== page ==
For Immediate Release:
Friday, November 4, 2022
Contact: Nazneen Ahmed
If approved, the pill would be available to buy without a prescription, removing barriers to accessing safe and timely reproductive care
(RALEIGH) Attorney General Josh Stein today urged the U.S. Food and Drug Administration (FDA) to approve over-the-counter birth control pills that meet applicable safety and efficacy standards, including a pending application for the nation’s first over-the-counter (OTC) pill. If approved, safe and effective birth control pills will become available for purchase over the counter, removing barriers that currently keep many people from being able to access safe and timely reproductive care. In the letter, the attorneys general argue that approval of the pill would allow individuals — especially those from vulnerable populations — greater control over their health, lives, and futures, and help them avoid the health and economic perils that come with unwanted pregnancies.
“Women’s reproductive freedom is extremely important to their ability to live the kind of lives they want,” said Attorney General Josh Stein. “I will continue to do everything in my power to ensure that women have access to the life-changing reproductive health care they need.”
The FDA is currently reviewing an application to approve a birth control pill, named Opill, for OTC use. If approved, people in need of birth control would be able to walk into a pharmacy and buy it without a prescription, making it the first-ever birth control pill that people can buy OTC.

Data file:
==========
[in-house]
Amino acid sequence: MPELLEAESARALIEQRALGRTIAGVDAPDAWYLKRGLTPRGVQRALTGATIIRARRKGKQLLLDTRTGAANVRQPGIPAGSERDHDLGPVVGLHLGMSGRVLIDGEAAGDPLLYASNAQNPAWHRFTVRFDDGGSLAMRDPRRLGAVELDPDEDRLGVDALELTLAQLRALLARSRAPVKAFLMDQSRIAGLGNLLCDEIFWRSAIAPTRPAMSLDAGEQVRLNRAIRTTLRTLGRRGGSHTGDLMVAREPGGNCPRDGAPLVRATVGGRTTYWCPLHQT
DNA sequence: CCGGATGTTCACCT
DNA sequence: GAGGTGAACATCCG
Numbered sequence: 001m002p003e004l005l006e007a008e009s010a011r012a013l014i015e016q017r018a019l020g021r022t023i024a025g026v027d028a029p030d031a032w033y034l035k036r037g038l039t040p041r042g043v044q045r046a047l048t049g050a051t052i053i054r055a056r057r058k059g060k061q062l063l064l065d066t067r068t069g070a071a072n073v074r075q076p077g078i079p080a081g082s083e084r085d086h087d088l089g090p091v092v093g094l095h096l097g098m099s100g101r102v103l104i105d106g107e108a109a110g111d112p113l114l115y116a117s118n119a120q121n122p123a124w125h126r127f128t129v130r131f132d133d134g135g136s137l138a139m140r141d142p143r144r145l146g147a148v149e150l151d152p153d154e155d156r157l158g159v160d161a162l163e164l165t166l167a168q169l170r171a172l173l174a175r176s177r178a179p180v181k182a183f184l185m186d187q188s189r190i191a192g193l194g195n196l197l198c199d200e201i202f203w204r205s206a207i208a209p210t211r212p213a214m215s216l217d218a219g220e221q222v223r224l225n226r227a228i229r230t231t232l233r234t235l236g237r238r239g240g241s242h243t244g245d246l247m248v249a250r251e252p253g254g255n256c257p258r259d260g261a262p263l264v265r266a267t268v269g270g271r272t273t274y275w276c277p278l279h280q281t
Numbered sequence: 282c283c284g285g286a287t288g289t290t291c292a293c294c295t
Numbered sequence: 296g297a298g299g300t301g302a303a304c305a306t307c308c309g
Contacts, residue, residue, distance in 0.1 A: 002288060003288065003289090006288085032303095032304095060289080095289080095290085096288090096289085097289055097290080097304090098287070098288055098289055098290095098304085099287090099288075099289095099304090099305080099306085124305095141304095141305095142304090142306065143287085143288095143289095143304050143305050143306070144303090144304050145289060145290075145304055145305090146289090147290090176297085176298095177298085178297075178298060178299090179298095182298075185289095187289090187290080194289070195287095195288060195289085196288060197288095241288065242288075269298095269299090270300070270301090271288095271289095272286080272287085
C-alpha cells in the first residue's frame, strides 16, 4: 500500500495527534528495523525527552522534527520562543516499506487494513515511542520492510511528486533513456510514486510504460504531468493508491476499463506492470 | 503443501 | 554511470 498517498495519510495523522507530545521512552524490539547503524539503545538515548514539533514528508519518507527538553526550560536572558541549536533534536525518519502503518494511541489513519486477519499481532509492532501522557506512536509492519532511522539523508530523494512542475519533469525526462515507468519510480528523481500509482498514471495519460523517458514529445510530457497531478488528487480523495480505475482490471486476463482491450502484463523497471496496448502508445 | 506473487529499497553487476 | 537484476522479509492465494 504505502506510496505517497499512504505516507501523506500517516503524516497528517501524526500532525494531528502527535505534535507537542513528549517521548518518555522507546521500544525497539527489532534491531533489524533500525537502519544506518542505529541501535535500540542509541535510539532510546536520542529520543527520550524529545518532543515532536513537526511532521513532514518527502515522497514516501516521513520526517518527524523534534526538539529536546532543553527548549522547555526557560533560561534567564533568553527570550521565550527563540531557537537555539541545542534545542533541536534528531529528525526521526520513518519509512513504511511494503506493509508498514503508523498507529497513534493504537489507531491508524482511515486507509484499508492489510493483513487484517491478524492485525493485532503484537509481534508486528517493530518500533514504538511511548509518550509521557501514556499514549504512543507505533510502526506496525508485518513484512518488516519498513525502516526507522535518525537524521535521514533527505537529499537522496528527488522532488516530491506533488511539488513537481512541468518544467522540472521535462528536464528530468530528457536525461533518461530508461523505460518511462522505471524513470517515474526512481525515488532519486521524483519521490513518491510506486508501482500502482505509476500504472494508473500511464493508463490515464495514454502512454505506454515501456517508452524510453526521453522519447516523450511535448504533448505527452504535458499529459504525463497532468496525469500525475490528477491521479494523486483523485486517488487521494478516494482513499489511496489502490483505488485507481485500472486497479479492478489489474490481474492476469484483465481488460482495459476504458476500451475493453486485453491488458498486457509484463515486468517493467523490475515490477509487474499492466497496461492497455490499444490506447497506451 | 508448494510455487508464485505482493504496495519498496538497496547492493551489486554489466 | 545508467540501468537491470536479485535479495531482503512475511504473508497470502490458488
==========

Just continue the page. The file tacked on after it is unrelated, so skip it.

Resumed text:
In the open letter to the FDA, the attorneys general assert that the pill should be approved for OTC use because:
- It has been found to be safe and effective for most users.
- It would remove barriers to obtaining birth control many users face.
- It would provide critical help to people from vulnerable populations.
In the letter, the attorneys general point out that approving an OTC birth control pill is supported by the medical community. Three major medical organizations in the United States — The American College of Obstetricians and Gynecologists, the American Medical Association, and the American Academy of Family Physicians — support making birth control available without prescription. Moreover, birth control pills are already available over the counter in approximately 100 countries, including Mexico.
In filing the open letter, Attorney General Stein joins the attorneys general of California, Colorado, Connecticut, Hawaii, Illinois, Iowa, Maine, Maryland, Massachusetts, Michigan, Minnesota, Nevada, New Jersey, New Mexico, New York, Oregon, Pennsylvania, Rhode Island, Vermont, and Washington.
A copy of the letter is available here.